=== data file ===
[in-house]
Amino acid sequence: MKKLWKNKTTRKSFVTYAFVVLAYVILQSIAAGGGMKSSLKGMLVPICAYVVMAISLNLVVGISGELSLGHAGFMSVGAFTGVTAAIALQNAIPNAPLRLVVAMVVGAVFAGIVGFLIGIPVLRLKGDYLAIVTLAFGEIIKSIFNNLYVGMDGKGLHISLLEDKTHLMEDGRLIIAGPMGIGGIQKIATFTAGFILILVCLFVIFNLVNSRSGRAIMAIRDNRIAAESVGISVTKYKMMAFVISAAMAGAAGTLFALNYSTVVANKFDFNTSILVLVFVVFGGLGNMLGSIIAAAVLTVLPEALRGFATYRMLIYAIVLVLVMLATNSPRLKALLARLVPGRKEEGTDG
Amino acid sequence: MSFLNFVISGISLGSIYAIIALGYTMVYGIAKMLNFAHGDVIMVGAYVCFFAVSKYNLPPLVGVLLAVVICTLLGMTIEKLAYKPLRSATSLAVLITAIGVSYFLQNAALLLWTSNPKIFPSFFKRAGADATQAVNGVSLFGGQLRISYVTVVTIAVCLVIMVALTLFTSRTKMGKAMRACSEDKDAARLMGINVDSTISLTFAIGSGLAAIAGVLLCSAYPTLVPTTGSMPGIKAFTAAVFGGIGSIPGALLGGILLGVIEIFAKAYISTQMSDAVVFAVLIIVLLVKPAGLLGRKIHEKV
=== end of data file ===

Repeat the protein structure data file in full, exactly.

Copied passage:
[in-house]
Amino acid sequence: MKKLWKNKTTRKSFVTYAFVVLAYVILQSIAAGGGMKSSLKGMLVPICAYVVMAISLNLVVGISGELSLGHAGFMSVGAFTGVTAAIALQNAIPNAPLRLVVAMVVGAVFAGIVGFLIGIPVLRLKGDYLAIVTLAFGEIIKSIFNNLYVGMDGKGLHISLLEDKTHLMEDGRLIIAGPMGIGGIQKIATFTAGFILILVCLFVIFNLVNSRSGRAIMAIRDNRIAAESVGISVTKYKMMAFVISAAMAGAAGTLFALNYSTVVANKFDFNTSILVLVFVVFGGLGNMLGSIIAAAVLTVLPEALRGFATYRMLIYAIVLVLVMLATNSPRLKALLARLVPGRKEEGTDG
Amino acid sequence: MSFLNFVISGISLGSIYAIIALGYTMVYGIAKMLNFAHGDVIMVGAYVCFFAVSKYNLPPLVGVLLAVVICTLLGMTIEKLAYKPLRSATSLAVLITAIGVSYFLQNAALLLWTSNPKIFPSFFKRAGADATQAVNGVSLFGGQLRISYVTVVTIAVCLVIMVALTLFTSRTKMGKAMRACSEDKDAARLMGINVDSTISLTFAIGSGLAAIAGVLLCSAYPTLVPTTGSMPGIKAFTAAVFGGIGSIPGALLGGILLGVIEIFAKAYISTQMSDAVVFAVLIIVLLVKPAGLLGRKIHEKV